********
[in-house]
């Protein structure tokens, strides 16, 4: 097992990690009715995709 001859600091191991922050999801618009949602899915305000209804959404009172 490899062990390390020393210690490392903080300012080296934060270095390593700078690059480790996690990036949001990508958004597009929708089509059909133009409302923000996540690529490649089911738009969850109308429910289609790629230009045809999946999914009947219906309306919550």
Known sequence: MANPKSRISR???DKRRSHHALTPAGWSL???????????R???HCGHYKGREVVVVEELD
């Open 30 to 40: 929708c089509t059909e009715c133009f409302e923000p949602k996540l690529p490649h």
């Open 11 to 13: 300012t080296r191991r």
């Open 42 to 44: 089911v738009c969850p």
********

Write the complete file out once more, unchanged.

[in-house]
């Protein structure tokens, strides 16, 4: 097992990690009715995709 001859600091191991922050999801618009949602899915305000209804959404009172 490899062990390390020393210690490392903080300012080296934060270095390593700078690059480790996690990036949001990508958004597009929708089509059909133009409302923000996540690529490649089911738009969850109308429910289609790629230009045809999946999914009947219906309306919550």
Known sequence: MANPKSRISR???DKRRSHHALTPAGWSL???????????R???HCGHYKGREVVVVEELD
């Open 30 to 40: 929708c089509t059909e009715c133009f409302e923000p949602k996540l690529p490649h």
């Open 11 to 13: 300012t080296r191991r």
């Open 42 to 44: 089911v738009c969850p």